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Starwood Hotels receives a takeover bid for $13 billion

The American hotel group, which is officially betrothed to Marriott International, just received a takeover bid for all its shares at 76$ each, for an aggregate value of 13 billion. Starwood's Board of Directors recommends the group pursue its merger with Marriott International.

The management of the group Starwood Hotels & Resorts announced it received a takeover bid from a "consortium" of investors led by the Chinese insurance group Anbang for all available shares at a unite price of 76$, meaning a cash offer of $13 billion for the 171 millions shares in circulation. The group's directors, who intend to pursue exclusive discussions regarding the merger with Marriott International, received temporary authorization from Marriott to meet  representatives from this "consortium" and to study their offer until March 17 at 12:00pm.

The merger of the two American groups was accepted based on cash payment of $2 per share plus the remainder in Marriott shares, raising Starwood Hotels group to around $11 billion. The new offer puts $2 billion more on the table, with full cash payment.

According to some sources the "Consortium" includes private groups led by Anbang, a Chinese insurance company that is no newcomer in terms of hotel investment. The company already owns the Waldorf Astoria in New York (paid $2 billion) and recently acquired a hotel portfolio in the Strategic Hotels fund sold by Blackstone for more than $6 billion.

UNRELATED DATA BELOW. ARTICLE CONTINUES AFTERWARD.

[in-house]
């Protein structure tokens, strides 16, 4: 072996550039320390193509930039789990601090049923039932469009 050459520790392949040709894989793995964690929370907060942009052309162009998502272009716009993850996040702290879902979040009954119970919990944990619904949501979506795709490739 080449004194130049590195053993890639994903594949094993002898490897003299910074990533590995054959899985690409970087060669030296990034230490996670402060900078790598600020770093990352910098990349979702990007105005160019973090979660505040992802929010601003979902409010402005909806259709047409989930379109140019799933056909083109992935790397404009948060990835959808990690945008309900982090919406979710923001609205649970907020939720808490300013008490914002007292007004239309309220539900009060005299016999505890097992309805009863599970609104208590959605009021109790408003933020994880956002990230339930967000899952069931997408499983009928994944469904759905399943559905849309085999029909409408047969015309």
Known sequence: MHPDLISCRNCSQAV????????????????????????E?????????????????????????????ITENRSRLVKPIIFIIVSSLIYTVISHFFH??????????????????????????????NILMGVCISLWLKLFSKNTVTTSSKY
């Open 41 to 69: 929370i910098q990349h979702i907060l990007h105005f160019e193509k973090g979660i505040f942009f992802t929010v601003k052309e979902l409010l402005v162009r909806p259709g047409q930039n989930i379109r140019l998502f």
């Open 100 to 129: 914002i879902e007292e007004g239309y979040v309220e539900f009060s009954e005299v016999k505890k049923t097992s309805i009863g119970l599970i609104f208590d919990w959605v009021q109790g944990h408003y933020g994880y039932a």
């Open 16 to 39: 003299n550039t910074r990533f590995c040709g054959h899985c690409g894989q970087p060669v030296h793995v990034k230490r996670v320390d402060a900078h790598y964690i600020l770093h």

The Starwood Hotels Board of Directors of will enter discussions with their representatives to understand if the offer is conform to the final interest of shareholders. The Board of Directors is reticent in light of the lack of information regarding the consortium's intentions to prevent the merger. It continues to recommend the group pursue discussions with Marriott International.

It is said that the movement to restructure that has been undertaken by primary leaders worldwide will continue to be the source of last minute surprises.The Chinese group was excluded from a first attempt to acquire Starwood Hotels and is silently returning through the small door by laying cash on the table.  Many questions are being raised with an initial response at noon on March 17, when Marriott's waiver expires.

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